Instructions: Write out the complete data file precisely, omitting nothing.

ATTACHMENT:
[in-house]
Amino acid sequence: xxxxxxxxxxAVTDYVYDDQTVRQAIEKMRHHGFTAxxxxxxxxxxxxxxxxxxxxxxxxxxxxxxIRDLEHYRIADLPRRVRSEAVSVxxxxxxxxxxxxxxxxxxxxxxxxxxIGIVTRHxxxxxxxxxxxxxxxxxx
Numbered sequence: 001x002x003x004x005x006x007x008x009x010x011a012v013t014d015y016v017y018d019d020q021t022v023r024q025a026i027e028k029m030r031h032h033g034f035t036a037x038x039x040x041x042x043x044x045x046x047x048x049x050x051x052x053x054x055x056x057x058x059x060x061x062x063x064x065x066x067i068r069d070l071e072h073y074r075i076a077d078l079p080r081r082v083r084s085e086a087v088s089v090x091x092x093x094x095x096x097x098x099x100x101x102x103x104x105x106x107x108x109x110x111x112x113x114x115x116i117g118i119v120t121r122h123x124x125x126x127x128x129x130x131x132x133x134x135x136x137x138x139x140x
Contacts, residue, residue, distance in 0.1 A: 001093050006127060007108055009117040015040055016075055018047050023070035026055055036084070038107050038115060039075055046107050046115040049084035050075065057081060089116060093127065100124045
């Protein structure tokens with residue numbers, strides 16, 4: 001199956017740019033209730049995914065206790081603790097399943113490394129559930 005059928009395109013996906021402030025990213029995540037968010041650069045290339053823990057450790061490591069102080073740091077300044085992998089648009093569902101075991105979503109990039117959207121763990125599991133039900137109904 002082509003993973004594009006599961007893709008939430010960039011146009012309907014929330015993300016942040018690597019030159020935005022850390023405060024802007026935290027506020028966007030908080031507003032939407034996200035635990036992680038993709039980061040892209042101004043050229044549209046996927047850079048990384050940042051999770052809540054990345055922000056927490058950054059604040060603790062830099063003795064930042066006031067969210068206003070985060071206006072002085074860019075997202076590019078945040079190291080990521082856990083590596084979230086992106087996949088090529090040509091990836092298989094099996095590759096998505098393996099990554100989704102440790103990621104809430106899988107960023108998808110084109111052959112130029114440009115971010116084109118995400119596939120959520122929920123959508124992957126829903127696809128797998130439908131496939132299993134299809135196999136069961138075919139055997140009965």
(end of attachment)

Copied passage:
[in-house]
Amino acid sequence: xxxxxxxxxxAVTDYVYDDQTVRQAIEKMRHHGFTAxxxxxxxxxxxxxxxxxxxxxxxxxxxxxxIRDLEHYRIADLPRRVRSEAVSVxxxxxxxxxxxxxxxxxxxxxxxxxxIGIVTRHxxxxxxxxxxxxxxxxxx
Numbered sequence: 001x002x003x004x005x006x007x008x009x010x011a012v013t014d015y016v017y018d019d020q021t022v023r024q025a026i027e028k029m030r031h032h033g034f035t036a037x038x039x040x041x042x043x044x045x046x047x048x049x050x051x052x053x054x055x056x057x058x059x060x061x062x063x064x065x066x067i068r069d070l071e072h073y074r075i076a077d078l079p080r081r082v083r084s085e086a087v088s089v090x091x092x093x094x095x096x097x098x099x100x101x102x103x104x105x106x107x108x109x110x111x112x113x114x115x116i117g118i119v120t121r122h123x124x125x126x127x128x129x130x131x132x133x134x135x136x137x138x139x140x
Contacts, residue, residue, distance in 0.1 A: 001093050006127060007108055009117040015040055016075055018047050023070035026055055036084070038107050038115060039075055046107050046115040049084035050075065057081060089116060093127065100124045
């Protein structure tokens with residue numbers, strides 16, 4: 001199956017740019033209730049995914065206790081603790097399943113490394129559930 005059928009395109013996906021402030025990213029995540037968010041650069045290339053823990057450790061490591069102080073740091077300044085992998089648009093569902101075991105979503109990039117959207121763990125599991133039900137109904 002082509003993973004594009006599961007893709008939430010960039011146009012309907014929330015993300016942040018690597019030159020935005022850390023405060024802007026935290027506020028966007030908080031507003032939407034996200035635990036992680038993709039980061040892209042101004043050229044549209046996927047850079048990384050940042051999770052809540054990345055922000056927490058950054059604040060603790062830099063003795064930042066006031067969210068206003070985060071206006072002085074860019075997202076590019078945040079190291080990521082856990083590596084979230086992106087996949088090529090040509091990836092298989094099996095590759096998505098393996099990554100989704102440790103990621104809430106899988107960023108998808110084109111052959112130029114440009115971010116084109118995400119596939120959520122929920123959508124992957126829903127696809128797998130439908131496939132299993134299809135196999136069961138075919139055997140009965």